During the 1850 U.S. Census for Virginia Cass County, IL Madison listed his occupation as "carpenter." A decade later, in 1860, the U.S. Census for Wilson Macon County, IL listed his occupation as "farmer".
As best as can be determined John was the second of six children born to Madison and Sarah. Older than John was: William Thomas Beadles (b. 5/13/1838 Cass County, IL). Younger than John were: James Purnell Beadles (b. 6/25/1841 IL *), Robert Luther Beadles (b. 10/23/1845 IL), Sarah E. Beadles (b. 1849 Cass County, IL) and Cordelia "Delia" Beadles (b. 1853 Cass County, IL).
On 8/19/1861 John enlisted in the U.S. Army. His regiment was the 3rd Illinois Cavalry. Upon that enlistment we catch a glimpse of John Beadles the physical being. He was 5'8" in height, had dark hair, hazel eyes and a dark complexion. Occupationally he listed himself as "farmer."
Without accessing Private Beadle’s military service records not much can be documented about his tour of duty other than he survived his three year enlistment. He then re-enlisted as a veteran volunteer on 3/31/1864 in Germantown, TN. Additionally, he rose from the rank of private to that of corporal. Finally, the 8/24/1864 consolidation of the 3rd prompted Private/Corporal Beadles' transfer from Company "C" to Company "F". Corporal Beadles was mustered back into civilian life on 10/10/1865.
Although not as yet documented, it appears that John returned to his now-widower father's Illinois home. Where that may have been in 1865 we do not know, but in 1870 Madison was carpentering in Virginia Cass County, IL.
As of the 1880 U.S. Census John was residing and employed as a laborer in St. Albans Hancock County, IL. However sometime after that date, but before May, 1889 he quitted Illinois for the Pacific Northwest. When he arrived here and what had drawn him to the Puget Sound region of Washington Territory are unknowns. That having been said, he may have had a married brother and sister already residing in the region who may have alerted him to the availability of homestead farming land in the area that he could acquire because of his Civil War soldiering.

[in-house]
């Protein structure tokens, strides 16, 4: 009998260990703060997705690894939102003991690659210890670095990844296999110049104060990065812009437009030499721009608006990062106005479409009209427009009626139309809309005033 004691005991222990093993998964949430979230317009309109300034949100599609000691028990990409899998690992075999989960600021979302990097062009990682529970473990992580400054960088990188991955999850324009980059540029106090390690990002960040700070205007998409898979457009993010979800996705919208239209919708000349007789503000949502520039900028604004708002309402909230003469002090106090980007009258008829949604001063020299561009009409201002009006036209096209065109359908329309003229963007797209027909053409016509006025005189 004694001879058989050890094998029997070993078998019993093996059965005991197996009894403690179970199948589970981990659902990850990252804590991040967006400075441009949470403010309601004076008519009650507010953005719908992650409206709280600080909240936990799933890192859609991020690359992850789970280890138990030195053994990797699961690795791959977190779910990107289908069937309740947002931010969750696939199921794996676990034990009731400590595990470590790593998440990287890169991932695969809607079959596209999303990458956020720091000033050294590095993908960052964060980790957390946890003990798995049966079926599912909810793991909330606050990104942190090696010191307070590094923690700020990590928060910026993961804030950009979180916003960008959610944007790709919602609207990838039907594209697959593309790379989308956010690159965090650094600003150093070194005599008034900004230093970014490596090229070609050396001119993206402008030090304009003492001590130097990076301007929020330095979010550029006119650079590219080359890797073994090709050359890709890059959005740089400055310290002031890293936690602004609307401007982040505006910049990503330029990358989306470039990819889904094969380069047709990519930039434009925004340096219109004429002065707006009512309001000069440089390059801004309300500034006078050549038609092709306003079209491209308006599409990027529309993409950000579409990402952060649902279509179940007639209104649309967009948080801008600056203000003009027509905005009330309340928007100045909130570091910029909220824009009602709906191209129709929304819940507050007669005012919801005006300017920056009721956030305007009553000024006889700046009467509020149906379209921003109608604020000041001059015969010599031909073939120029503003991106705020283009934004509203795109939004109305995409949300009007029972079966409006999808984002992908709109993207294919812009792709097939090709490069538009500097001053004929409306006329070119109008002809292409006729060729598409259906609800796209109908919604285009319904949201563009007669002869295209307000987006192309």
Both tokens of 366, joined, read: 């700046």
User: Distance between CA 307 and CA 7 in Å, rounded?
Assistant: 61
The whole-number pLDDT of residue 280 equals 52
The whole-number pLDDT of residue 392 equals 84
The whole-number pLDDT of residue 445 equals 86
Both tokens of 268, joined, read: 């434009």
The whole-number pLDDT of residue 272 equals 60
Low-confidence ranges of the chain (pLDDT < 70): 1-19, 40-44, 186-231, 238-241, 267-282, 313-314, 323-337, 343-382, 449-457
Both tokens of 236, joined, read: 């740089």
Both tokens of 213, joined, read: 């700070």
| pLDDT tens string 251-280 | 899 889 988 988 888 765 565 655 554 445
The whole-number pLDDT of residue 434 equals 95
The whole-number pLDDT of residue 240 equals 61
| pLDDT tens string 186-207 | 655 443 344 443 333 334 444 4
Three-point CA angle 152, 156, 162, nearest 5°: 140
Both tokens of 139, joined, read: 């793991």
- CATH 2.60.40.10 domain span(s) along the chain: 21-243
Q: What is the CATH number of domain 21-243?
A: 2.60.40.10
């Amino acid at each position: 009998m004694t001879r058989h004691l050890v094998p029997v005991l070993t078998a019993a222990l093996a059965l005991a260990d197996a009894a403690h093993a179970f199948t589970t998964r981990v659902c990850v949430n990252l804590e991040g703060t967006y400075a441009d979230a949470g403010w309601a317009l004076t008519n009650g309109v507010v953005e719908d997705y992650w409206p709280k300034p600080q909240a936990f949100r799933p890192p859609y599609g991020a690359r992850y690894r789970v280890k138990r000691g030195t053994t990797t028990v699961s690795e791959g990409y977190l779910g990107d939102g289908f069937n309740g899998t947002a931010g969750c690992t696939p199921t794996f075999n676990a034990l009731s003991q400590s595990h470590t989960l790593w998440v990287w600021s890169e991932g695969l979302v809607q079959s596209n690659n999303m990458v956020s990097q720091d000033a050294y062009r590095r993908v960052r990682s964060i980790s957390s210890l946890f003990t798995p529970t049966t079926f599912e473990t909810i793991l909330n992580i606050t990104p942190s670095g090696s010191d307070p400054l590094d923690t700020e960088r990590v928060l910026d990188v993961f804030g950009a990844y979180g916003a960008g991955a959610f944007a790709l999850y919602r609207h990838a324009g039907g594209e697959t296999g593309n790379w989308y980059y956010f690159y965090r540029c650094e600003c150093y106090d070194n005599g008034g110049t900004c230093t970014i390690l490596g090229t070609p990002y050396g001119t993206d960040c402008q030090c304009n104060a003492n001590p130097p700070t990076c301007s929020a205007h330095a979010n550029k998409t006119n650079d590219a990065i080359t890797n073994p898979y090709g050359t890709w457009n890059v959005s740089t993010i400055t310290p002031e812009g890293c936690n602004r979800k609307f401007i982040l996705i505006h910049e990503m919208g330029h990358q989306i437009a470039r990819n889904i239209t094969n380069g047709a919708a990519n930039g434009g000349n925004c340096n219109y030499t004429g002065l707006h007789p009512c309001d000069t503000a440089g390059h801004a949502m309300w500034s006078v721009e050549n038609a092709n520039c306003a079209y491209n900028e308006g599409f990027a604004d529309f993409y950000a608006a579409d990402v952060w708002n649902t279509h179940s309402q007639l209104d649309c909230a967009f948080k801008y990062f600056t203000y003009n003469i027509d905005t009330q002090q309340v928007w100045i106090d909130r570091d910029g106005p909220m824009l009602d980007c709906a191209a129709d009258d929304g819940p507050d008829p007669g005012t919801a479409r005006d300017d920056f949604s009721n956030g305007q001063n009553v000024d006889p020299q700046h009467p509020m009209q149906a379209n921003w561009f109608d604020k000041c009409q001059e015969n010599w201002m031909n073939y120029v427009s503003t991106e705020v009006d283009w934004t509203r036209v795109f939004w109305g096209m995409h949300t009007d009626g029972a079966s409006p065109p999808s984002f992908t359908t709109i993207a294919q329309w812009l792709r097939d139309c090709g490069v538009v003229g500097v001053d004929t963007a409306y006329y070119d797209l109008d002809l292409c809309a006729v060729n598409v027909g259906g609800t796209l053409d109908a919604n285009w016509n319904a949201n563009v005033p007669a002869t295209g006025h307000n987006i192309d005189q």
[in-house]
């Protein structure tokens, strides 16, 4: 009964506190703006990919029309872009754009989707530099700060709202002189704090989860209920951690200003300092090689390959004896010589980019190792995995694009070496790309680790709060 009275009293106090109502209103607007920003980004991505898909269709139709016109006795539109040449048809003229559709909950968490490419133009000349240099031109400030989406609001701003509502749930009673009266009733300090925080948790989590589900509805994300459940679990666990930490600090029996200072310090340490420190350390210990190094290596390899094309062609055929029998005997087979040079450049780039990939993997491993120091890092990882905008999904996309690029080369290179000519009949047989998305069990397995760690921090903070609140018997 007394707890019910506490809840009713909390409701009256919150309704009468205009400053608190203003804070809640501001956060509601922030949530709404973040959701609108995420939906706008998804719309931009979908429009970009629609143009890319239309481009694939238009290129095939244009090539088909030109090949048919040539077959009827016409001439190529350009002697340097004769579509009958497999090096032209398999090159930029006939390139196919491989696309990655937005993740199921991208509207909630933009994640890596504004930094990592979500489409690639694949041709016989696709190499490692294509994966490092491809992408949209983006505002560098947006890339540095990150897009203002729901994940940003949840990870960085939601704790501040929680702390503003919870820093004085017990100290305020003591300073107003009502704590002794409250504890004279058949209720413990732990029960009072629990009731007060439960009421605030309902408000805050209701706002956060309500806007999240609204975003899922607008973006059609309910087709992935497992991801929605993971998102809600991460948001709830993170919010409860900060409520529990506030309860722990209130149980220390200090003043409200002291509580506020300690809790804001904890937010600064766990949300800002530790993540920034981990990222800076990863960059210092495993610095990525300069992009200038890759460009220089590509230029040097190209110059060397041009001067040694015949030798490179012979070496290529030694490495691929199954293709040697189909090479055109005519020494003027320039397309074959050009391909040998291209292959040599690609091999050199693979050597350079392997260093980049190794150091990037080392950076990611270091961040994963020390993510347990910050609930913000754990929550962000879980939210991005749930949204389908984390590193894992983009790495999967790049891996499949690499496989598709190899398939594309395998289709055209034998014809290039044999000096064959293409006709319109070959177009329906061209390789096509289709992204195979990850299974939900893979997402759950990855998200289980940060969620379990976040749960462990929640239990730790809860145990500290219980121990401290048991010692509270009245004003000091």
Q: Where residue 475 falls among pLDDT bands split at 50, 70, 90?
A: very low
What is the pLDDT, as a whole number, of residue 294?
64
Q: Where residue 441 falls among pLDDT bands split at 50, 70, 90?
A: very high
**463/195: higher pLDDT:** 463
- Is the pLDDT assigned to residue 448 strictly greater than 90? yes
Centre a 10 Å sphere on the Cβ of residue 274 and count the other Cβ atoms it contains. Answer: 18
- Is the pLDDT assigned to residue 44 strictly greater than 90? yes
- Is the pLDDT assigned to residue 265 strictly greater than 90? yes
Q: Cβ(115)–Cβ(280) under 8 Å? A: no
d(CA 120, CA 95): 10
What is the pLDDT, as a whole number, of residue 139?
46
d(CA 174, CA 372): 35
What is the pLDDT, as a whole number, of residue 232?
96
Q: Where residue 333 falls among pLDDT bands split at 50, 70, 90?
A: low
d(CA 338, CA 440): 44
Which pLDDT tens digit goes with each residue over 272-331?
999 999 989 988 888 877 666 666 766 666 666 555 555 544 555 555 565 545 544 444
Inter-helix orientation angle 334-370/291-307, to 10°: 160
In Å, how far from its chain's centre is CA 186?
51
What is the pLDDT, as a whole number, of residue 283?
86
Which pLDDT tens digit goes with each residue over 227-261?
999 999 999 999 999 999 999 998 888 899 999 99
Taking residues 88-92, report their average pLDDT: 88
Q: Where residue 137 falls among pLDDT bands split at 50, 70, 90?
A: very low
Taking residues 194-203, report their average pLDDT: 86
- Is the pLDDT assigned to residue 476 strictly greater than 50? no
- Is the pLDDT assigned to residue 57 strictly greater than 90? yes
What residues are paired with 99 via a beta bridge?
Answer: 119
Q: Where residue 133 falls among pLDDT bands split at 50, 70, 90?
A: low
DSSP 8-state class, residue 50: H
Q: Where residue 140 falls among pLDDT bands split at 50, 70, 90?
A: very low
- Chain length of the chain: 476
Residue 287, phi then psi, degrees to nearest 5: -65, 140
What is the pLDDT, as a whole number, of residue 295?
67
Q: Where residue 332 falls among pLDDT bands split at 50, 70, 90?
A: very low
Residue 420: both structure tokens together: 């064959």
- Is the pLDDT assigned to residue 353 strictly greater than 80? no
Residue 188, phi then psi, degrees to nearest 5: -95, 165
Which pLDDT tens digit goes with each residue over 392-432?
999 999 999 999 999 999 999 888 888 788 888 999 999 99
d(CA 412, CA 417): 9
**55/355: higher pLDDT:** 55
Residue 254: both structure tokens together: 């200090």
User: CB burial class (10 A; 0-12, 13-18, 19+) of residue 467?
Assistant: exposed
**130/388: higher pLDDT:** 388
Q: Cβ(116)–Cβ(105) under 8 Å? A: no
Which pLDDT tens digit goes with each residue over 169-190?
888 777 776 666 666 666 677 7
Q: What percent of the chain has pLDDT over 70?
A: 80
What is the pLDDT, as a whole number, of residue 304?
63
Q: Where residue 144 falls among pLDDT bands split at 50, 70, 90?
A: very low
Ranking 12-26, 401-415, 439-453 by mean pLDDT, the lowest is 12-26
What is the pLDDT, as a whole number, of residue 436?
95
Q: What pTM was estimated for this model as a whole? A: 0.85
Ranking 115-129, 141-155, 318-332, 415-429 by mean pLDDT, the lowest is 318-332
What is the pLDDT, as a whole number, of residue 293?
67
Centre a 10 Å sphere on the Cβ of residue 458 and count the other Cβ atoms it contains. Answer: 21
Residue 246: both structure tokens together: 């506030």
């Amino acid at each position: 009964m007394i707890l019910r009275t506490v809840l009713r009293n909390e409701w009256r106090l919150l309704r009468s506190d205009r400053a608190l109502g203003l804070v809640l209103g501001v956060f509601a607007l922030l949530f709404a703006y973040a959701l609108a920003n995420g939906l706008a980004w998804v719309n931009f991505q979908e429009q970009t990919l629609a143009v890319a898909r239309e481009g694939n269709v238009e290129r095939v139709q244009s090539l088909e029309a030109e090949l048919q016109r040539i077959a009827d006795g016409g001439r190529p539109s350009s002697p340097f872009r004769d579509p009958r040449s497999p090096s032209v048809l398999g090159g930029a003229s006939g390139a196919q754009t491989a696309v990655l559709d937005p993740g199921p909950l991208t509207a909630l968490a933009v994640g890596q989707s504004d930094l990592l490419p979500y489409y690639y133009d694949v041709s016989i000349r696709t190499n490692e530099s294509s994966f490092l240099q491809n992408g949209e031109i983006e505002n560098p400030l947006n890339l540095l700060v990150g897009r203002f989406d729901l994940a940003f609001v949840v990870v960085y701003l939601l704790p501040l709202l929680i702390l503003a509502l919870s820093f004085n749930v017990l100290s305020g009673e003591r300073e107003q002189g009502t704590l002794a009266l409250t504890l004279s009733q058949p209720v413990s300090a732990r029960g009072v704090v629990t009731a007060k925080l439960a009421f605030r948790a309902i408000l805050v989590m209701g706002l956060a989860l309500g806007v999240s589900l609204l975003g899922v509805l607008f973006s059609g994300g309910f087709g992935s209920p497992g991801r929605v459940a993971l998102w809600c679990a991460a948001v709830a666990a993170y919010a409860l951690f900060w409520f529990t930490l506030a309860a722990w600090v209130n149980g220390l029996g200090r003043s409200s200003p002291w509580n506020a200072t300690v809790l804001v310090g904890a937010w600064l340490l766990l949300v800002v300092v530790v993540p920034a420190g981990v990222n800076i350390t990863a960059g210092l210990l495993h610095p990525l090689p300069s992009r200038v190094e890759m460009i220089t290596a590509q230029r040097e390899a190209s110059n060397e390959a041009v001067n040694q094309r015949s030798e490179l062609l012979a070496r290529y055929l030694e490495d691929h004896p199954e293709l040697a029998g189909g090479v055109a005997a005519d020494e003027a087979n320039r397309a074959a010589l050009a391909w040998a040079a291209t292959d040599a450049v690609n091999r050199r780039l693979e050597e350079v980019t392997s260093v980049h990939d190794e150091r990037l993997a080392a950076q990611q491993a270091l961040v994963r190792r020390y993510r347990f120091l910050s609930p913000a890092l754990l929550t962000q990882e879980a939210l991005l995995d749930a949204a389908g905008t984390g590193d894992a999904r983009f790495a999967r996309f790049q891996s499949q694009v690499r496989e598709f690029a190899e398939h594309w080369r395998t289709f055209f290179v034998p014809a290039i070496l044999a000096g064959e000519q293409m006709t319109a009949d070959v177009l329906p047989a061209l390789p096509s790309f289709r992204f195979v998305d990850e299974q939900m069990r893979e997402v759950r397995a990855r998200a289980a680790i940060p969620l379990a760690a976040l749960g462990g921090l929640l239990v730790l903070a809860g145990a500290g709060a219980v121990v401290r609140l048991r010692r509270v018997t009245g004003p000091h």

On 5/20/1889 John was farming in the Houghton area of Washington Territory's King County. Houghton, located east of Seattle across Lake Washington is located just north of Bellevue. Now a neighborhood of south Kirkland, in 1889 Houghton was a stand-alone rural community. Based on available documentation, in Houghton, John had apparently been living on and working eighty acres of farmland for a number of years because on 9/27/1889 he acquired the "patent" (deed) to the land parcel.
The 1890 Civil War Veteran Schedule (census) noted that Houghton/Bellevue resident John Beadles was suffering from bronchial problems which apparently dated back to his soldiering days. It was likely this condition that, on 1/19/1891 motivated former trooper John Beadles to begin the paperwork necessary to be granted a U.S. Government disability pension. The effort was too little and too late.
Around the same time he applied for the pension John also drew up his last will and testament. Having never married or sired children, he bequeathed his worldly assets - namely his homestead valued at $250 - to his married brother and his wife, his married sister and her husband, his father and an unidentified man named John W. Whitehead.
John H. Beadles died on 3/24/1891. At passing he was 51.3 years of age. Burial was/is in Seattle's Mt. Pleasant Cemetery located on that city's Queen Anne Hill.
* During the American Civil War James served in the 116th Illinois Infantry. He died on 3/16/1863 in Memphis, TN.